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1) The pickled flower buds of this Mediterranean bush have been used as a seasoning and condiment since ancient Roman times. They grow wild throughout the Mediterranean area, both in Africa and Europe. The young flower buds are picked daily, early in the morning, allowed to wilt for a few hours, and then placed in vinegar, salted white vinegar or dry salted.
What are these pickled flower buds called?

2) This aromatic plant is a member of the parsley family, and is native to Europe. It is a biennial, and grows to a height of about 2 feet, with greenish white flowers.
     It has been cultivated since ancient times, and herb lore ascribes to it the ability to prevent robbery and infidelity, and to cure hysteria.  The fresh leaves and seed-like fruit are used for flavoring, the root as a vegetable, and the seed oil is used in ice cream, candy, soft drinks and bakery products. It is also used in making schnapps.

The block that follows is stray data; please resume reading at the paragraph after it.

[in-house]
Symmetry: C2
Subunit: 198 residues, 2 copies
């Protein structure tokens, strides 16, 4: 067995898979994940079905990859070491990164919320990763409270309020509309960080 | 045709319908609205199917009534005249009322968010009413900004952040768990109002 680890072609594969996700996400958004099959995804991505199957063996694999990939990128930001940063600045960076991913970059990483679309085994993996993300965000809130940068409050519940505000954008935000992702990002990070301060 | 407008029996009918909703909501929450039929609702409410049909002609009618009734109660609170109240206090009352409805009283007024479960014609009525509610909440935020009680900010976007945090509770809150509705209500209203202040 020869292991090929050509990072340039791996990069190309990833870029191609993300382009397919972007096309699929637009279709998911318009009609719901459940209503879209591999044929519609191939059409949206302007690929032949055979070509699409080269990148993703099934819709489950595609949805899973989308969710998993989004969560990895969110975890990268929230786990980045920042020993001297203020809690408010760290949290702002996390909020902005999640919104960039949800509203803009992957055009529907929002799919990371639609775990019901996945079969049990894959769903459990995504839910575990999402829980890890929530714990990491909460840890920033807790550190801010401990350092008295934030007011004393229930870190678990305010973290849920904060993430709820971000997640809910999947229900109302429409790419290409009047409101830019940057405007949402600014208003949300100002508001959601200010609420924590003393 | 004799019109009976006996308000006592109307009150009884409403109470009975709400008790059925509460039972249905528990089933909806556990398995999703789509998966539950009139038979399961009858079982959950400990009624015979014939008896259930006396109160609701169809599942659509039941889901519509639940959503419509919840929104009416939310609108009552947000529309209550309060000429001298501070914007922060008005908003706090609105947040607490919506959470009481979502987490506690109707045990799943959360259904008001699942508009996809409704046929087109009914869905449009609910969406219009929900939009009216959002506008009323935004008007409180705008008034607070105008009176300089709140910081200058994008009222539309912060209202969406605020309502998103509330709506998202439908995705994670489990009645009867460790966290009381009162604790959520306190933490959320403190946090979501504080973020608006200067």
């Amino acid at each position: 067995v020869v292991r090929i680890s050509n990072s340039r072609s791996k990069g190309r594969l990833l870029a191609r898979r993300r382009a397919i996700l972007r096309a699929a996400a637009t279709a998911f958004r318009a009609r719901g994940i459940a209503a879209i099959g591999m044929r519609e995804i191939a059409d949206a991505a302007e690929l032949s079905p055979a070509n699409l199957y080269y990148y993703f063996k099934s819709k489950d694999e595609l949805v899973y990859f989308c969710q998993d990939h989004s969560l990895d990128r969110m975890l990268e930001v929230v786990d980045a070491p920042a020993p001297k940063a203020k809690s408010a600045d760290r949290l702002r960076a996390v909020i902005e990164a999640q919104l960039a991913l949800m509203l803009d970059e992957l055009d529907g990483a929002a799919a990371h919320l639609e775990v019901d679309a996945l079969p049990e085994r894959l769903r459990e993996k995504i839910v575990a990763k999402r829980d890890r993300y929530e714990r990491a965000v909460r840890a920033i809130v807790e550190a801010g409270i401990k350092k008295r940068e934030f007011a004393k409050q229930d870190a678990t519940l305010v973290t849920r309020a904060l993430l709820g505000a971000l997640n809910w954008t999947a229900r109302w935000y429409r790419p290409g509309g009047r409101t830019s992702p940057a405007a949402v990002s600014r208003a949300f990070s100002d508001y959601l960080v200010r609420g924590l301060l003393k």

Name that plant.

3) Myrrhis odorata is an herb of the parsley family also known as garden myrrh. The leaves have a sweet anise taste, and some even describe the leaves as tasting like they have been sprinkled with powdered sugar! This plant is not much used as a pot herb anymore, but the seeds are still used in the liqueur Chartreuse.  The leaves are good in salads, dressings, stews, and in desserts, especially those that contain tart fruits. The cooked root is sliced and served cold in salads or by itself with oil & vinegar.
Name that plant.

4) This member of the parsley family is native to the mountains of southern Europe. It has been used since ancient times as both a food and a medicine, and at one time it was the most widely cultivated medicinal herb. It is not nearly as popular and well known as it once was. The whole plant has a flavor resembling celery, and the leaves are used in soups, stews and salads. The leafstalks (stems) are eaten in salads and used as straws for Bloody Mary's, but they can also be candied like angelica. The roots are used as a salad vegetable. The seeds are used in pickling brines, confectionery, dressings, crackers and liqueurs.
Name that plant.



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